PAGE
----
The Terminator kills proposal to terminate animals sooner

From ANIMAL PEOPLE, July/August 2004:

SACRAMENTO–“I realized last night that I made a mistake on
the budget,” California Governor Arnold Schwarzenegger admitted at a
hastily convened June 26 press conference. “My daughter called me.
I have reinstated the six-day waiting period for lost animals,”
Schwarzenegger said.
Schwarzenegger spoke 24 hours after media revealed that his fiscal
2004-2005 budget included repealing the 1968 Hayden Act. Humane
organizations responded almost immediately, but irate individual
citizens were already flooding the Capitol with messages of protest.
The Hayden Act requires shelters to hold impounded animals
for at least six business days before killing them, unless they are
deemed incurably injured, ill, or vicious. The Hayden Act also
requires that impounded animals be scanned for microchip
identification, and bars animal abusers from adopting shelter
animals within three years of conviction.
Schwarzenegger had initially endorsed a December 2003
recommendation by the California Legislative Analyst’s Office that
the holding time for dogs and cats be cut back to 72 hours, the
pre-Hayden requirement, and that there be no required holding time
at all for small mammals, reptiles, and livestock. Facing a budget
deficit of $15 billion, the Legislative Analyst’s Office advised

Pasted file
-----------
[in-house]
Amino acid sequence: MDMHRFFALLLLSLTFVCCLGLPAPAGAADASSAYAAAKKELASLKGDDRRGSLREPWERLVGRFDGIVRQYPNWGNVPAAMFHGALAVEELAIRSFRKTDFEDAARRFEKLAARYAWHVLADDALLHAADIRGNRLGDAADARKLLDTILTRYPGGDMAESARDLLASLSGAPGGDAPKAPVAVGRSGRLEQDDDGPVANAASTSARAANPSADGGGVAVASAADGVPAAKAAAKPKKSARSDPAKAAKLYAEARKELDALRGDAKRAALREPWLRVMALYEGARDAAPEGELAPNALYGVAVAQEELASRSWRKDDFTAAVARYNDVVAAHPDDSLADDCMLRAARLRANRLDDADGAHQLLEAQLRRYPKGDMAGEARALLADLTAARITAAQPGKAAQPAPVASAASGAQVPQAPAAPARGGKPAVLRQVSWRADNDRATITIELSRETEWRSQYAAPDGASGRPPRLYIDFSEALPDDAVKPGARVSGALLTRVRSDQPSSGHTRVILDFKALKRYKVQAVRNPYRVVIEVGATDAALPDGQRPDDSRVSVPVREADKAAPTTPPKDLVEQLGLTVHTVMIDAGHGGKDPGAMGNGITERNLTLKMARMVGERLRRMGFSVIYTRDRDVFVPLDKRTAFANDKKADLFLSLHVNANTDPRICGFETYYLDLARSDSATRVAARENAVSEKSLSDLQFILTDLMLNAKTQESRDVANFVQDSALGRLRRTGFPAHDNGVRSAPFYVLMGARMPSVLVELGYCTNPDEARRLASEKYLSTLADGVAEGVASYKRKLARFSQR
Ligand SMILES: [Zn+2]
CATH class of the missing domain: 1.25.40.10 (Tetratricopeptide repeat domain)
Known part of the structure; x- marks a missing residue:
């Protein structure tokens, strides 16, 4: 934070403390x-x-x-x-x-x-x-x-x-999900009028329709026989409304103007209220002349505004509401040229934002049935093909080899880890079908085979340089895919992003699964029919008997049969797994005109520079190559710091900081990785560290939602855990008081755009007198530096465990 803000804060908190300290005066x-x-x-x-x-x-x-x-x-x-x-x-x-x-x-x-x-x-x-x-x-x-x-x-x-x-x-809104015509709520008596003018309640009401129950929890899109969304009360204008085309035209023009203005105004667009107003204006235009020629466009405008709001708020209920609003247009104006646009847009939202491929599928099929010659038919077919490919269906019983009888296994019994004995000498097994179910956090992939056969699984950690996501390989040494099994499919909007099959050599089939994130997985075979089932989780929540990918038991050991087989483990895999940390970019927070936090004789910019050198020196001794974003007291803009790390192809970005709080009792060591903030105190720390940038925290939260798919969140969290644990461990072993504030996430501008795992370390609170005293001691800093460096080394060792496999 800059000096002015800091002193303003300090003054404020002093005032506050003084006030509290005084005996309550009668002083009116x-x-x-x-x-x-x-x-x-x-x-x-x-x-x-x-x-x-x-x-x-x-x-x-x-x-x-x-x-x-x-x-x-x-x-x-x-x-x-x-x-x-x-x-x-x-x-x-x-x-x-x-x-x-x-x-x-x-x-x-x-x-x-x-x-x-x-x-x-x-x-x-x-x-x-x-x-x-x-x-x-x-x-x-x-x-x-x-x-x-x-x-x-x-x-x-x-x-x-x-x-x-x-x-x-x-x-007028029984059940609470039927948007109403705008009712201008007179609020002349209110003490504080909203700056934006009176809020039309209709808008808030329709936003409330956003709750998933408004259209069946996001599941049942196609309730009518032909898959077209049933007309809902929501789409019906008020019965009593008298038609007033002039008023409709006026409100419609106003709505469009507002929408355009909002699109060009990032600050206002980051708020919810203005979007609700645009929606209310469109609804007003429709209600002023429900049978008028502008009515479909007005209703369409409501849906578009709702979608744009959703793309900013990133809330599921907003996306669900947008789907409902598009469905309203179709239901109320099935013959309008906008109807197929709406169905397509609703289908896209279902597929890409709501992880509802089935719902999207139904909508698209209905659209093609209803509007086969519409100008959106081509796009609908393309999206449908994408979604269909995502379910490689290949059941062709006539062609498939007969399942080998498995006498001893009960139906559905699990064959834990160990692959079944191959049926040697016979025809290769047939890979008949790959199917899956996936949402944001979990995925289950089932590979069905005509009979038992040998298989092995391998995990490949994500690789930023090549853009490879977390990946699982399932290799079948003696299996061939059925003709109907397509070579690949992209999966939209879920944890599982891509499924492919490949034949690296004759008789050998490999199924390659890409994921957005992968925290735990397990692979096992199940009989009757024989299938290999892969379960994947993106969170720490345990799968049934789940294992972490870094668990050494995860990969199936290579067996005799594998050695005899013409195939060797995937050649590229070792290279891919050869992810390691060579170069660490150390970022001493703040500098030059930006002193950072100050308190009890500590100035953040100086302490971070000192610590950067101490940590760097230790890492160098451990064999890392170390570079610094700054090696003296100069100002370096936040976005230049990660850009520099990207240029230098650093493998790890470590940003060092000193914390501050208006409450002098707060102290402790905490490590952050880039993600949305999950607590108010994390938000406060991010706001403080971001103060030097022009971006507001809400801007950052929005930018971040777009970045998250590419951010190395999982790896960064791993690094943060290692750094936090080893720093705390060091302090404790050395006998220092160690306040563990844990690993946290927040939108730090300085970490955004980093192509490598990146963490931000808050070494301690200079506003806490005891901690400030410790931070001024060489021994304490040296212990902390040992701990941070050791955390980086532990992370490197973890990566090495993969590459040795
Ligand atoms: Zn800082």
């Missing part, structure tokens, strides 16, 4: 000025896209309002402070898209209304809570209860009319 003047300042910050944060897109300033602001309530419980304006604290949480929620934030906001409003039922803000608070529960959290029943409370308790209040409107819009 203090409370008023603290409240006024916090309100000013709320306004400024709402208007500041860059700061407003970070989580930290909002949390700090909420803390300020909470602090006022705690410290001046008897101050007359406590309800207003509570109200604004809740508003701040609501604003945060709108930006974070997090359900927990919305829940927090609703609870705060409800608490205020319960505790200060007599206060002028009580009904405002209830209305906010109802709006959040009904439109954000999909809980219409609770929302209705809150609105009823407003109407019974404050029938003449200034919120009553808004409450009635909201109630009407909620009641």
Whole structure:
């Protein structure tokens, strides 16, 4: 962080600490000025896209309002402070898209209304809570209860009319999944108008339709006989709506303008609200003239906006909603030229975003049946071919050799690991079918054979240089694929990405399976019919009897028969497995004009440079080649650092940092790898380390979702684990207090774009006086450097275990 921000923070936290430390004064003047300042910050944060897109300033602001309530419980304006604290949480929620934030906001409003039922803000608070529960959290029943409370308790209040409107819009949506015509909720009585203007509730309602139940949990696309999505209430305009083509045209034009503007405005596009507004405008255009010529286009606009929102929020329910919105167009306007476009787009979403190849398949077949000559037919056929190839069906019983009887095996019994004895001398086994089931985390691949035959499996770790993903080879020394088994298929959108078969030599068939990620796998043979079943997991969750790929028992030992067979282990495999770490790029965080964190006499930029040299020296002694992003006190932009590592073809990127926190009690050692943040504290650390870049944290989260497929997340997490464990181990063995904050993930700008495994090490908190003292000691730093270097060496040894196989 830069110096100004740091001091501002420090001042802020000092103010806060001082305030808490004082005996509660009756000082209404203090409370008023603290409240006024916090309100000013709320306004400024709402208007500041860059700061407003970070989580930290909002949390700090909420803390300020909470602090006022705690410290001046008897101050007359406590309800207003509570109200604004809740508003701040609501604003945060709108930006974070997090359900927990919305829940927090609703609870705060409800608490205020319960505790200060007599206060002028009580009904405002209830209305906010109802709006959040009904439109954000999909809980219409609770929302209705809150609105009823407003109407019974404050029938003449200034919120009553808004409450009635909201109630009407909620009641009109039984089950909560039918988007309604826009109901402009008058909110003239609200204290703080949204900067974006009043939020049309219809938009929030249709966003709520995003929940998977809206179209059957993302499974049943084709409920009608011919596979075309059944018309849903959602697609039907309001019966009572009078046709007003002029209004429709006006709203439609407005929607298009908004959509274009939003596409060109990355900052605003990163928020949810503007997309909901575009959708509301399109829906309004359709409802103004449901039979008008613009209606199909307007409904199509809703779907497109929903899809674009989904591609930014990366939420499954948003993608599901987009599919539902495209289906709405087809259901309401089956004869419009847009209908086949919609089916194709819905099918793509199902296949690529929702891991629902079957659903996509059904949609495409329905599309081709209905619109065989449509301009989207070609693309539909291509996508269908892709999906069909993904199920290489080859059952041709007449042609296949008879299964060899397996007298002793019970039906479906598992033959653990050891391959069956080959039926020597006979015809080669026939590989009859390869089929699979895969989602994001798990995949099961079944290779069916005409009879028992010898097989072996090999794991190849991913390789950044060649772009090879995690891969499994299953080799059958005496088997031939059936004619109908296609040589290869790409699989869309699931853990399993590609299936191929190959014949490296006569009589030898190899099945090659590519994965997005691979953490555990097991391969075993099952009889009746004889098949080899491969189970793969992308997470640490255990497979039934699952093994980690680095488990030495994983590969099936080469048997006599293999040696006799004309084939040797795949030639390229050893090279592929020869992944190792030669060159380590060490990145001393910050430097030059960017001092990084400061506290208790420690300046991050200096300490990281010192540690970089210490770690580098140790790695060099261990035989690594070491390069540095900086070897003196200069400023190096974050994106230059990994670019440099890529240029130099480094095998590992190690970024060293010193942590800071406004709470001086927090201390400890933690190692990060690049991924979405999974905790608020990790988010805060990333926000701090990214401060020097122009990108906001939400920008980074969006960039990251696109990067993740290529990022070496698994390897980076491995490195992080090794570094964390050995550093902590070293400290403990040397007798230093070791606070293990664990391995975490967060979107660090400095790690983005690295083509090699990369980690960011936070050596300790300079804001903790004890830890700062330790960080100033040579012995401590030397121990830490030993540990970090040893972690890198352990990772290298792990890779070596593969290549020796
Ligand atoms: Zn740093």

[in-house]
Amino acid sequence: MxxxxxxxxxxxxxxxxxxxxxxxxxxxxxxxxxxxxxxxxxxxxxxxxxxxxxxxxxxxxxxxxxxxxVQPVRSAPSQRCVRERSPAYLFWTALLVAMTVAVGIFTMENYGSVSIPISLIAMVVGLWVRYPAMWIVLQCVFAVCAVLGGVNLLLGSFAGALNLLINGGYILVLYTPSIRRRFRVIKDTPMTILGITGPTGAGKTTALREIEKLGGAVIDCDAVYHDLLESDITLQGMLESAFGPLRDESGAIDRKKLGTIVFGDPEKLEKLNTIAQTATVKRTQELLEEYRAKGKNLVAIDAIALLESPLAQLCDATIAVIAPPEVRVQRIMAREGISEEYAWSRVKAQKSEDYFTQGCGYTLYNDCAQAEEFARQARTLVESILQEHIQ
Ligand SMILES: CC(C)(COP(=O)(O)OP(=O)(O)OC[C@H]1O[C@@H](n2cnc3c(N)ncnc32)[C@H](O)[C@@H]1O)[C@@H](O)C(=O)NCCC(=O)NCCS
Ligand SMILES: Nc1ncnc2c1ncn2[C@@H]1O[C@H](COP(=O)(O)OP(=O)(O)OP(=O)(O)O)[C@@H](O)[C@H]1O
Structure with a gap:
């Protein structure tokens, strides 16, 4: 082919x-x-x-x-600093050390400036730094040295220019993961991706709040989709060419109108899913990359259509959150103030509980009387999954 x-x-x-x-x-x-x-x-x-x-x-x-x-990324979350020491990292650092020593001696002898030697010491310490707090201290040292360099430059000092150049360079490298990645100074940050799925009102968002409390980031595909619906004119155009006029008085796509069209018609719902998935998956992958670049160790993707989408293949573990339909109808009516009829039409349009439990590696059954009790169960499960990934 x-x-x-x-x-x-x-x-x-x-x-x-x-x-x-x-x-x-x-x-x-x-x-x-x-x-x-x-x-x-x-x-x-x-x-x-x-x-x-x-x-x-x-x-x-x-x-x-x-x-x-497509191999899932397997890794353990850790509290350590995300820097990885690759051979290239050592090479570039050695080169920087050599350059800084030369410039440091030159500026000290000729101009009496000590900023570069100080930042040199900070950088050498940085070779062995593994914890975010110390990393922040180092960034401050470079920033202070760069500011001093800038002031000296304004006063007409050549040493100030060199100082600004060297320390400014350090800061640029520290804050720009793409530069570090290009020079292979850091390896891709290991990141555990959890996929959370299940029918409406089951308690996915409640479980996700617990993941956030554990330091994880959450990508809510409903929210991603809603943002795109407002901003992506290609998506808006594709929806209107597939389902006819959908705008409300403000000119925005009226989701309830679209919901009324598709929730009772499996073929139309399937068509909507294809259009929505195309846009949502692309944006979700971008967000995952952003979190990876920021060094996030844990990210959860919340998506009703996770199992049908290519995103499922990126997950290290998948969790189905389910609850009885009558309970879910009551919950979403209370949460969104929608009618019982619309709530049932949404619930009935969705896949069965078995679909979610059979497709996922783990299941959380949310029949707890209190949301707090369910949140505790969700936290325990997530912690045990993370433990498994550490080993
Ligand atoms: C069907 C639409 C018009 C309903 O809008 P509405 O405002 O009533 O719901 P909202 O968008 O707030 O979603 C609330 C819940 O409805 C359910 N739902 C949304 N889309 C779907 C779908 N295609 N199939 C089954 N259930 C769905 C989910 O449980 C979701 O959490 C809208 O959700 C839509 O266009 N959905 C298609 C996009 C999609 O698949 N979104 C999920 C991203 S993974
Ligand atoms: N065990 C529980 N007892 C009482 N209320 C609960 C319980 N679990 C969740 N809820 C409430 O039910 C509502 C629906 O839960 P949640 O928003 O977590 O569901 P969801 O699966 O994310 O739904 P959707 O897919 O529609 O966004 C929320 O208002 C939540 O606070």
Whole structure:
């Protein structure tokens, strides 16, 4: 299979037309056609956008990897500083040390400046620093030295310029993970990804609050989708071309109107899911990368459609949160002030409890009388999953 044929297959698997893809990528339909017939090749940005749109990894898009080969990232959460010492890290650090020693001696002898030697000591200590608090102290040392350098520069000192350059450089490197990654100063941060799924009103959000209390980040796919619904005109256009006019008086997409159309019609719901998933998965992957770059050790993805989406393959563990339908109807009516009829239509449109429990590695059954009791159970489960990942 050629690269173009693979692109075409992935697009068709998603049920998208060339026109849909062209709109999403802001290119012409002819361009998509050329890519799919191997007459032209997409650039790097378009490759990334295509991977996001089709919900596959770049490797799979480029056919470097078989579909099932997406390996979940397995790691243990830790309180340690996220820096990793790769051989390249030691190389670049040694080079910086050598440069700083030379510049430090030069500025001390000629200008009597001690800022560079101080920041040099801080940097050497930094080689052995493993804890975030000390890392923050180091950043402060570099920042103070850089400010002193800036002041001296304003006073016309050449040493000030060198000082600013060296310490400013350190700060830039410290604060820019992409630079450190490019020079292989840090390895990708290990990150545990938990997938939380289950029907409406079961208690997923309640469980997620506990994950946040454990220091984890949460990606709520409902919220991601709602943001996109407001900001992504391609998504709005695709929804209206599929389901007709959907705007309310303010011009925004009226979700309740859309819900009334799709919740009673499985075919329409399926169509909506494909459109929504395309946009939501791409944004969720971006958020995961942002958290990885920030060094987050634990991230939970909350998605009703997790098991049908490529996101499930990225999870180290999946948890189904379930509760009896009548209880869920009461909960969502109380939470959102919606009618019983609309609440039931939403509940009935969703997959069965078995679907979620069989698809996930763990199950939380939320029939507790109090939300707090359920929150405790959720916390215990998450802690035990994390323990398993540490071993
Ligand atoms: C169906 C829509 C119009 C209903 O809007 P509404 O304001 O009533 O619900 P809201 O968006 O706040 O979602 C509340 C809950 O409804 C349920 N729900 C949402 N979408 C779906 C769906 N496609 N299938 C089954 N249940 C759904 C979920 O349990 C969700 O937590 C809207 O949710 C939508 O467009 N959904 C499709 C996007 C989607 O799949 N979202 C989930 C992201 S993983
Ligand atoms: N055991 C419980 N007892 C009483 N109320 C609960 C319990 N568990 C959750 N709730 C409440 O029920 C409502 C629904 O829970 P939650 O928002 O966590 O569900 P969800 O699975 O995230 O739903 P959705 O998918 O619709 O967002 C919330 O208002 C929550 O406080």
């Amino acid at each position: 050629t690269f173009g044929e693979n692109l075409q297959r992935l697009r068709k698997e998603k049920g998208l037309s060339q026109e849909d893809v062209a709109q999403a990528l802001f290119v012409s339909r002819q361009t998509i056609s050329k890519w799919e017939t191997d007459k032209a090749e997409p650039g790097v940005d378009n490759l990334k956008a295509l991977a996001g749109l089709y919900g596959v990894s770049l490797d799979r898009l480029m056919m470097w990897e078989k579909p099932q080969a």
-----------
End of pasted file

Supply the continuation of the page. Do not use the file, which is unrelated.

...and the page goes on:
that repealing the Hayden Act could save the state $10 million a year
in reimbursements paid to animal control shelters.

When introduced, the Hayden Act was opposed by many animal
control agencies, especially in the southern half of the state. The
proposed repeal was strongly endorsed by PETA, but other former
critics of the act rallied to defend it.
Repealing Hayden “is not the way to address the serious
financial concerns of the state,” said Humane Society of the U.S.
director of sheltering issues Kate Pullen.
Marin Humane Society spokesperson Sheri Cardo told John M.
Hubbell of the San Francisco Chronicle that MHS and many other
shelters would probably continue to operate as if the Hayden Act was
in effect.
Maddie’s Fund executive director Richard Avanzino, who
championed the passage of the Hayden Act while he was president of
the San Francisco SPCA, told ANIMAL PEOPLE that the support for the
bill from former opponents was among the most encouraging experiences
he had enjoyed in 28 years of leading humane organizations.
“People were surprised,” Avanzino said. “They found out
that the public supports saving animals’ lives. “
Said Animal Legislative Action Network director Rich
McLellan, M.D., “The governor changed his mind because
[Californians] put their personal lives aside for just long enough to
bring state government to a momentary standstill while the governor
tried to figure out what happened. An aide with many years of
experience in the Capitol said, ‘No one has ever seen anything like

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